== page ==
• Item number: 2018-33.043
    • Date: 30 Jul 2014
    • Contributors: Kelsey Neely (donor, researcher), Teresa Ramírez Saldaña (consultant)
    • Language: Yaminawa (yaa)
    • Availability: Online access
    • Place: Sepahua, Ucayali, Peru
    • Description: One .wav file. Teresa Ramírez Saldaña narrates the story of Ĩnãwã Xadu, Grandmother Jaguar. The story begins with a woman who is married to a giant earthworm. Her mother comes to visit and kills the worm while she is cleaning. The woman becomes distressed over the death of her husband and runs into the forest calling for Grandmother Jaguar to come and eat her alive. Grandmother Jaguar's two sons hear her and decide to take her as their wife. Before they can have sex, she has to abort her pregnancy by the worm, which consists of all the creeping, crawling creatures in the world. She then becomes pregnant by the two brothers, and the baby is born. One day, the men go to the forest and the woman goes to collect fish, leaving the baby with Grandmother Jaguar. When the woman returns, she sees that Grandmother Jaguar has cooked the baby in a pot of chicha. When the two men hear their wife screaming they come back and try to kill Grandmother Jaguar, but her body is too hard. They build a huge fire and burn her, with her body cracking apart as pieces of stone that shoot off in every direction. This traditional narrative was volunteered by the speaker and performed extemporaneously.
    • Collection: Materials of the Yaminawa Language Documentation Project
    • Repository: Survey of California and Other Indian Languages
    • Preferred citation: Kelsey Neely and Teresa Ramírez Saldaña. Ĩnãwã Xadu/Abuelita tigre/Grandmother Jaguar, 2018-33.043, Survey of California and Other Indian Languages, University of California, Berkeley, http://cla.berkeley.edu/item/26531
    • Item number: 2018-33.022
    • Date: 03 Jan 2014
    • Contributors: Kelsey Neely (donor, researcher), María Miranda Llergo (consultant)
    • Language: Yora (mts)
    • Availability: Online access
    • Place: Sepahua, Ucayali, Peru
    • Description: One .wav file. María Miranda Llergo narrates the story of Ĩsũ wake widi, where a spider monkey abducts a child. Years later the father finds his son, but it turns out that his son does not wish to return home permanently, as he has his own wife and family among the monkeys. He teaches his father how to put medicine in his eyes so he can see the monkeys' tree as a human village when he visits. This traditional narrative was volunteered by the speaker and performed extemporaneously.
    • Collection: Materials of the Yaminawa Language Documentation Project
    • Repository: Survey of California and Other Indian Languages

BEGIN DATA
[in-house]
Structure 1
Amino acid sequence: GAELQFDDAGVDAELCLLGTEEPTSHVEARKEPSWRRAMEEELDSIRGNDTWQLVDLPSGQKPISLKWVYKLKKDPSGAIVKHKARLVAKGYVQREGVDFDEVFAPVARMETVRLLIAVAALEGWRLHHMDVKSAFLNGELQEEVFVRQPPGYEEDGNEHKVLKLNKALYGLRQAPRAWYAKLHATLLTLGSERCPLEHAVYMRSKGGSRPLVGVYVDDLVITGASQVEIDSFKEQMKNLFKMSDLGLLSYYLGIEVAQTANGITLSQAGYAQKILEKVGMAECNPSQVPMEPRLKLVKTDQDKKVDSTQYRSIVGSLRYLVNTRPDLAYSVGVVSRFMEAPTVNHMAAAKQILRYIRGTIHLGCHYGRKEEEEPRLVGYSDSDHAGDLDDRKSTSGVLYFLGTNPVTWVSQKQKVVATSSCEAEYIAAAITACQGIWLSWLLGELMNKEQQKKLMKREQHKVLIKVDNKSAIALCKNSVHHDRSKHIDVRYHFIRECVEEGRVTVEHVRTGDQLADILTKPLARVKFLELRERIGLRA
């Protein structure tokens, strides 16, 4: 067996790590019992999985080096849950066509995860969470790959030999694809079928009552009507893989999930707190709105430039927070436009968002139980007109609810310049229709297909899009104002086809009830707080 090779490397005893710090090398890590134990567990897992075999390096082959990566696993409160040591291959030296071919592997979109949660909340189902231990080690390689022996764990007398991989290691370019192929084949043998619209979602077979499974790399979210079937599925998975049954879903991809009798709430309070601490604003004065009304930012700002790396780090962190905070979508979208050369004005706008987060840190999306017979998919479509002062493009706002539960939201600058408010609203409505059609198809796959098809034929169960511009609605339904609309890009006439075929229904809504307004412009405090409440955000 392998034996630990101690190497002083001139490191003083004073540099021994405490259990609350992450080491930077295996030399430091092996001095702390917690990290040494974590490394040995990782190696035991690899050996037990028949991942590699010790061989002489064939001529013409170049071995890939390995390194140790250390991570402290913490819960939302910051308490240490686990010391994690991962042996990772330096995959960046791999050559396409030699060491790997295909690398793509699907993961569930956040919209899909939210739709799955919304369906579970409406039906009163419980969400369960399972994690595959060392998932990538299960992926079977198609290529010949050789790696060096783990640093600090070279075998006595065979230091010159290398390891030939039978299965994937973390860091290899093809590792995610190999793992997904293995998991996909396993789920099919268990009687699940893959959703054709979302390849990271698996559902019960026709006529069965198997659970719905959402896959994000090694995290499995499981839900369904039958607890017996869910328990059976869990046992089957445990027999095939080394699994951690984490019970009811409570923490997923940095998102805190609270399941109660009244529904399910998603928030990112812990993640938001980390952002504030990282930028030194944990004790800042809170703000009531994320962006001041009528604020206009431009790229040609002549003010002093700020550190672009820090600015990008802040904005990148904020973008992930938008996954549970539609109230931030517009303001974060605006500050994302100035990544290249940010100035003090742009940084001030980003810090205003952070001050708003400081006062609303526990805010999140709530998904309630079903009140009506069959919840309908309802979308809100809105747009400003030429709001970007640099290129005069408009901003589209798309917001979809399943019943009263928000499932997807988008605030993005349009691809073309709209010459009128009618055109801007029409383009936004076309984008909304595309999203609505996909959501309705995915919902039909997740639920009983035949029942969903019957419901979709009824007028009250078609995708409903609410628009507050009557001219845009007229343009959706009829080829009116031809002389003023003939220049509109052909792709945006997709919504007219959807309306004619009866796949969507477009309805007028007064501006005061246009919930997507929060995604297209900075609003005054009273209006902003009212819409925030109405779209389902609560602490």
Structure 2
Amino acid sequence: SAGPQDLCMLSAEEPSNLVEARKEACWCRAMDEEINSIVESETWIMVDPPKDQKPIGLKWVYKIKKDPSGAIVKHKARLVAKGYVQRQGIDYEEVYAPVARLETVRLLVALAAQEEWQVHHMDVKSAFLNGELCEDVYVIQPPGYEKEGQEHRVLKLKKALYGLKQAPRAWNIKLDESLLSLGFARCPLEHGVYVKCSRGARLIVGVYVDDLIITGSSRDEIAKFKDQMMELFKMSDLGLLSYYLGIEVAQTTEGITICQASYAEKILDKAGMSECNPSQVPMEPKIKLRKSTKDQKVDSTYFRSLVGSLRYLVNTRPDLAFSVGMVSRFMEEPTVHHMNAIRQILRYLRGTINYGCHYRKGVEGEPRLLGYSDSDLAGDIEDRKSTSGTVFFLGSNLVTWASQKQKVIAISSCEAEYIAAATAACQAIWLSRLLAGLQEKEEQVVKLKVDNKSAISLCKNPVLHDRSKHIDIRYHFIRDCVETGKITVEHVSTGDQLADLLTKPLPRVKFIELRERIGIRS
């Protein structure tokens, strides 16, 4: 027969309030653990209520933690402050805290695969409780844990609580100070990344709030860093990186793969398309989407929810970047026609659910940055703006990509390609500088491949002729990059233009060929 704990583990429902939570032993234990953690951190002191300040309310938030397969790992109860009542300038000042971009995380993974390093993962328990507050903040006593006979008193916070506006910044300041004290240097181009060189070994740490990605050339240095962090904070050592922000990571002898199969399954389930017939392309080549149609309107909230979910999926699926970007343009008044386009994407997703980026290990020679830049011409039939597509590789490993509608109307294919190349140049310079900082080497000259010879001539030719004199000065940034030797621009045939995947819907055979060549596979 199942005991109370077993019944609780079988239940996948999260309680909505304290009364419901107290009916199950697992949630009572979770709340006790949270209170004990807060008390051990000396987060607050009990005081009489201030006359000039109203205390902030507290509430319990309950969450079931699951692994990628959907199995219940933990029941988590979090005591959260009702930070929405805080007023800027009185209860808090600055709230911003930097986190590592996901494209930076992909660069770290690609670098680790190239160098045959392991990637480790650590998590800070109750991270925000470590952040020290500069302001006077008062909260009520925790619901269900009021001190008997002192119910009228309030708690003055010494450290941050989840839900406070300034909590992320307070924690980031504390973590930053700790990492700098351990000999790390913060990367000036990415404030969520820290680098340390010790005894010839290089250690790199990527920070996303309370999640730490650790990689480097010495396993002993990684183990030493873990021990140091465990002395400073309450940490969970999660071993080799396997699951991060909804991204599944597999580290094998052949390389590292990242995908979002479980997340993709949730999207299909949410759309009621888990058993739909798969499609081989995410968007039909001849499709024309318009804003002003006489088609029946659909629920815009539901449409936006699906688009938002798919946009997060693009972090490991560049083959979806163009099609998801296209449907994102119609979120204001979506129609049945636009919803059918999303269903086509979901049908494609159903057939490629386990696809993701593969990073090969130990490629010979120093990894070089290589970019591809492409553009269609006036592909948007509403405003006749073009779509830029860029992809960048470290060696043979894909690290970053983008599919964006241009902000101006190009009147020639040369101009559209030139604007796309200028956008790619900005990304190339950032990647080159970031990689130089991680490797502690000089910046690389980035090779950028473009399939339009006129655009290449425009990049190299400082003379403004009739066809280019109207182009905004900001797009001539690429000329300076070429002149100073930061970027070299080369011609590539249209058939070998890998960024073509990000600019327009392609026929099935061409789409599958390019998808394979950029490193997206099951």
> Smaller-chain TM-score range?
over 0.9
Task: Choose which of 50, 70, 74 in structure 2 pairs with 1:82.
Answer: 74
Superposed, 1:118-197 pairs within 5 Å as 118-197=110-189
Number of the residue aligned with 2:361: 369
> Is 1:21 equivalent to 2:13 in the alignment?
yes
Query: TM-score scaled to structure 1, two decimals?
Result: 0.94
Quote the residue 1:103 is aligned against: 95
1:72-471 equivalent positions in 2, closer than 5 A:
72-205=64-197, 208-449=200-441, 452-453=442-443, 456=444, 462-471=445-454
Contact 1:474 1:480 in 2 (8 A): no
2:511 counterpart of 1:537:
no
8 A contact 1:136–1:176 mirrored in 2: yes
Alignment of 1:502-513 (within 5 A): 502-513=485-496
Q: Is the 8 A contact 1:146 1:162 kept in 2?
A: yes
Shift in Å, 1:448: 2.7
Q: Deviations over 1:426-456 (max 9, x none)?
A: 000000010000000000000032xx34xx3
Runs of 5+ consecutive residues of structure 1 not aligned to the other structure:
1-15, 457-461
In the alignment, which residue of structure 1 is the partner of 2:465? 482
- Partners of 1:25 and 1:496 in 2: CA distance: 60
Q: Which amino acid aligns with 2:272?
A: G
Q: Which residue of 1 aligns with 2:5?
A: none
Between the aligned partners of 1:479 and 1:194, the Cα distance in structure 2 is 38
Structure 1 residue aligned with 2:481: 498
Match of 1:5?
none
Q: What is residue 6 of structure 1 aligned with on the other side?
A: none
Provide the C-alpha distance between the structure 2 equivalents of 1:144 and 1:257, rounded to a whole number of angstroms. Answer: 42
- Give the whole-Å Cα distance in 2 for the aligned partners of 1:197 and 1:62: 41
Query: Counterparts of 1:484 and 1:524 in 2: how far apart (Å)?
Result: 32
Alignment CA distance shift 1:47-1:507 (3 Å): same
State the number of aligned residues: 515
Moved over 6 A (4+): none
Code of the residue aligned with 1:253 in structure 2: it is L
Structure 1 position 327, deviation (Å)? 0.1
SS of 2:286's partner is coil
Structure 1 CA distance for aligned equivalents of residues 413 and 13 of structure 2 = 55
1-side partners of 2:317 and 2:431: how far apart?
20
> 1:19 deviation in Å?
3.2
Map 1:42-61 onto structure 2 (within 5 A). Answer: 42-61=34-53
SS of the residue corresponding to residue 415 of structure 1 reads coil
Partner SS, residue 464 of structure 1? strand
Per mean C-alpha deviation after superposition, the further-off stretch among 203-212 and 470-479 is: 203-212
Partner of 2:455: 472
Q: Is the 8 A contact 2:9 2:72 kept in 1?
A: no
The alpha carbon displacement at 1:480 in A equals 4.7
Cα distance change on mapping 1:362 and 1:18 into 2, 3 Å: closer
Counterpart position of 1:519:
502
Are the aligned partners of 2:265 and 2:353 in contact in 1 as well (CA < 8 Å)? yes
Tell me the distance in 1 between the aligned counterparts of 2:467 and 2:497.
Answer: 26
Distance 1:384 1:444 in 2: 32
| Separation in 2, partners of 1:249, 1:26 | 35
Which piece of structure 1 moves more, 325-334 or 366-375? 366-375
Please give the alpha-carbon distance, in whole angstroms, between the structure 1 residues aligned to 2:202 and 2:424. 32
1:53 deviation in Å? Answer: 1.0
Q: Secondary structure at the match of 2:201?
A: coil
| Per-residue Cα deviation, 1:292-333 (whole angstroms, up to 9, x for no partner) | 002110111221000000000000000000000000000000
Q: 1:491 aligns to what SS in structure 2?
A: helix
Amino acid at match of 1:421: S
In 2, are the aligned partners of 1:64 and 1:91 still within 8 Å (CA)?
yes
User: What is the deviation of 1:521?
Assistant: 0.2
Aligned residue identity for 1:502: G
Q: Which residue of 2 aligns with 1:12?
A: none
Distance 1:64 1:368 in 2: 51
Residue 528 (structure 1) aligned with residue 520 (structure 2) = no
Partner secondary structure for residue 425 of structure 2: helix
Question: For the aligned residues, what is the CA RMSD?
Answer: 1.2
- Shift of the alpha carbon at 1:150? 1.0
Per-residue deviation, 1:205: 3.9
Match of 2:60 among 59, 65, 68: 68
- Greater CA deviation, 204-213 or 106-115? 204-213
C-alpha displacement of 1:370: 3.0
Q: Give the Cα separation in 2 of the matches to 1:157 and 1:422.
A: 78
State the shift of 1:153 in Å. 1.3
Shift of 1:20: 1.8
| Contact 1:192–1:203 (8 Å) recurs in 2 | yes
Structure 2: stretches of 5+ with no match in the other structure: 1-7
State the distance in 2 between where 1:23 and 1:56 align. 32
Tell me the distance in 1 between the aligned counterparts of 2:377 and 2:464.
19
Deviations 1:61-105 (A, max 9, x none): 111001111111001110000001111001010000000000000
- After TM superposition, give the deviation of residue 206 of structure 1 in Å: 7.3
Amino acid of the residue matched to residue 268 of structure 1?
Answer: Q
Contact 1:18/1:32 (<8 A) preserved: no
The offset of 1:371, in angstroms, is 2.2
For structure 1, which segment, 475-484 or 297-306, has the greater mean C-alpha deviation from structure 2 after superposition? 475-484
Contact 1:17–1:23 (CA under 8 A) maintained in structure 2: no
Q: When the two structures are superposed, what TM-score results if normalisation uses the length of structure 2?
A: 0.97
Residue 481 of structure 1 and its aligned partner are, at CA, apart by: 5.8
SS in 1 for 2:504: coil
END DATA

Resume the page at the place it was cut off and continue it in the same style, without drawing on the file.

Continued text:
• Preferred citation: María Miranda Llergo and Kelsey Neely. Ĩsũ wake widi/Maquisapa ha llevado a un niño/A Spider Monkey Abducted a Child, 2018-33.022, Survey of California and Other Indian Languages, University of California, Berkeley, http://cla.berkeley.edu/item/26508
    • Item number: 2018-33.001
    • Date: 15 Jul 2013
    • Contributors: Kelsey Neely (donor, researcher), María Ramírez Ríos (consultant)
    • Language: Yaminawa (yaa)
    • Availability: Online access
    • Place: Sepahua, Ucayali, Peru
    • Description: One .wav file. María Ramírez Ríos narrates the story of Kapa ñũshĩwu, the Squirrel spirit, who performs a number of amazing feats including draining a river completely, bringing to life a brother-in-law made from natural materials, and clearing and planting a huge field of maize. This traditional narrative was volunteered by the speaker and performed extemporaneously.
    • Collection: Materials of the Yaminawa Language Documentation Project
    • Repository: Survey of California and Other Indian Languages
    • Preferred citation: Kelsey Neely and María Ramírez Ríos. Kapa ñũshĩwu/Alma de ardilla/The Squirrel Spirit, 2018-33.001, Survey of California and Other Indian Languages, University of California, Berkeley, http://cla.berkeley.edu/item/25926
    • Item number: 2018-33.023
    • Date: 03 Jan 2014
    • Contributors: Kelsey Neely (donor, researcher), María Miranda Llergo (consultant)
    • Language: Yora (mts)
    • Availability: Online access
    • Place: Sepahua, Ucayali, Peru
    • Description: One .wav file. María Miranda Llergo narrates the story of Kashta ñũshĩwu, the Aramdillo spirit. A group of warriors are going to make war when they hear voices in the forest. They find a woman living alone, boiling armadillos in a house full of armadillo shells. When she tells them she is an armadillo spirit, they kill her and leave. This traditional narrative was volunteered by the speaker and performed extemporaneously.
    • Collection: Materials of the Yaminawa Language Documentation Project
    • Repository: Survey of California and Other Indian Languages